Those who do the dance rationalize their sin as their individual right and freedom. Even the First Amendment grants such freedoms of expression. Others who do the dance would say, “Hey, it’s only a picture. If you think it’s impure, that’s your problem.” Well, that’s a cop out. God has given editors and producers authority and power but He did not give them the right to tempt others. Those who work in the public must be acutely aware of their responsibility before God. Even St. Paul talked about the serious nature of “teaching” and the consequence of its responsibility. Whether writers and publicists want to admit it or not, they teach, and what they teach may not necessarily be the truth, or, even if it is the truth, it’s revelation may not be what is best for the salvation of souls. For the sake of sensationalism and profits, many in the publishing industry compromise moral values and goodness, teasing and appeasing the base human instinct for sex without love.
In this case, a casual glance at a women’s chest can be a temptation for many people, but if the temptation is entertained and becomes sin, the one who offers the temptation shares in the sin. This is a burden of sharing that has been lost on a society that prides itself in its ability to warm itself by the fires of temptation without getting burned. As Catholics, we must be extraordinarily vigilant in our selection of what we feed our senses. We must also be very critical in what we teach, learn and share. Our choices affect lives and the lives of those around us. When it comes to images, we must be extremely careful in what we view for our eyes are the “windows to our souls.”
Our Lord said, “The pure of heart shall see God.” With the blatant impurity of our age, it is no wonder there is such a lack of respect for life, marriage, family and self. It is no wonder there is such dissatisfaction with family, spouse and self. Impurity blinds the eyes of faith, and when we cannot “see” the face of God, we will not “see” the sacredness and the eternal nature of our own being; nor will we ever appreciate the sacred gift of our sexuality. It is only when we begin to see more clearly source and destination of our life that we begin to appreciate the opportunity God has given us to live. We will never treasure the gift of our life or begin to comprehend the Divine value God has attached to each one of us unless we temper our desires and live our lives in the image and likeness of God, “Who is Love.”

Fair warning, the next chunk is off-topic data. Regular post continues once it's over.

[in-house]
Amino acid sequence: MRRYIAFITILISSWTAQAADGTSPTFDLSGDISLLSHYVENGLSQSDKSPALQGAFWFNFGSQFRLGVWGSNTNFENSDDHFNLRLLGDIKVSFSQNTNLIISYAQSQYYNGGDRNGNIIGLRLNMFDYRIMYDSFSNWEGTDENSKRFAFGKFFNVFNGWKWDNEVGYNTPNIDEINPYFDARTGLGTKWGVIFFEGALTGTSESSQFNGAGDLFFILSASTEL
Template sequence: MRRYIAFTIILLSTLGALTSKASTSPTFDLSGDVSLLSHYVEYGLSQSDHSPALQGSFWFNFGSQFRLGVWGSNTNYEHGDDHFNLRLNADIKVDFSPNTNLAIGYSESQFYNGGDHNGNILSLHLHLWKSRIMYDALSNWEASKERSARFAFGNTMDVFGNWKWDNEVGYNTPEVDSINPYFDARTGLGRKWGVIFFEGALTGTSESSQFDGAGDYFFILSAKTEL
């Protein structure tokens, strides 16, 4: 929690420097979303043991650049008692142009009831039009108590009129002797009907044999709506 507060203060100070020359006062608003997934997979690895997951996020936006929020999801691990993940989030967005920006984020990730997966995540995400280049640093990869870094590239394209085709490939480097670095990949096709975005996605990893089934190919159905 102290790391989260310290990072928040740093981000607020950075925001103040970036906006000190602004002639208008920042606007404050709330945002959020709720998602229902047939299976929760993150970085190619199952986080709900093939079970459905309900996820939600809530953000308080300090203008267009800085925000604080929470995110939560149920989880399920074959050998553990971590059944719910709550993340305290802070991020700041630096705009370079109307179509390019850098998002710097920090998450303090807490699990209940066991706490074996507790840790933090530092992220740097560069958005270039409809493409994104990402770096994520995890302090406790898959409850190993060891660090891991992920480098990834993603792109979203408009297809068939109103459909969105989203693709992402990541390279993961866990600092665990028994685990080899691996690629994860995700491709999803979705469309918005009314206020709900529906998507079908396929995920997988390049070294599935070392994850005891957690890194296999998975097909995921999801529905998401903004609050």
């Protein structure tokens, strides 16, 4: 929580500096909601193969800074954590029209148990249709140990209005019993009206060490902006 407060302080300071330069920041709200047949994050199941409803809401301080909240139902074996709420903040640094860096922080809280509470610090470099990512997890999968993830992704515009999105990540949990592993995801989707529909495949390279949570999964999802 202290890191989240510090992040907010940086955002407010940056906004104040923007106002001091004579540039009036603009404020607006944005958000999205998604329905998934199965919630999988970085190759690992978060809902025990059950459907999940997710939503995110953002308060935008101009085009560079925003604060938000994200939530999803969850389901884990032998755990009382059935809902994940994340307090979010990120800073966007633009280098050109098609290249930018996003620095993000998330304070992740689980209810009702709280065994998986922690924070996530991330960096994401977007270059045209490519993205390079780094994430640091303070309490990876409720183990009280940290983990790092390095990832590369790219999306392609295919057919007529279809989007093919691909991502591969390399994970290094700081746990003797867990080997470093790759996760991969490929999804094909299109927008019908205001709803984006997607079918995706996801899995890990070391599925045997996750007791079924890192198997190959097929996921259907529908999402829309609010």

A society that cannot “see” the source of its dignity or anticipate the experience of eternal joy has no incentive and finds no reason to bring new life into the world, or, for that matter, to care for life that already exists. That society, devoid of personal value and eternal vision, does not recognize that each soul has an eternal destination of life or death, and therefore, it has no concern for the souls of those who are most in danger of losing their eternal life.
No Catholic institution or any one of its organizations can allow itself to be lax in these disciplines of purity, modesty, chastity and holiness. If anything, we and the institutions who profess to be Catholic must hold these virtues in the highest esteem and scrutinize our expressions very carefully so that each expression is virtuous, even to the limits the world thinks extreme. The litmus test? It is always better to err on the side of goodness and purity to the extreme. Why? Because God, who is infinite purity, is the extreme. Who can know that perfect extreme? No one. We can only attempt to imitate it in being cautious to the extreme we can imagine.
If we imitate the purity of God, our expressions of purity can also be piercing lights of grace that stall the proliferation of vice. More importantly, that same grace which abounds in us and from us has as its source the bounty of Christ, which attracts and purifies those who are hungry for the experience of virtue.
The bottom line: a picture of a crucifix, Christ crucified, is ever appropriate and should bring to mind the life Jesus bought for us with His own. A picture of Christ on a partially bare chest just above a woman’s cleavage—that is not appropriate. We don’t need to look upon the one whom we have crucified and see, at the same time, the flesh of a woman that may lead someone into temptation and sin, which sin, if committed, would be another cause for Christ’s infinite suffering and death. Meditate on that one. It’s deep.
Best wishes to you and your staff. Keep it pure and holy to the extreme. When in doubt, imagine the Virgin Mary and try to emulate her purity and modesty. If you can’t imagine Our Lady, pray the Holy Rosary it is very, very powerful for purity.
Class of 1973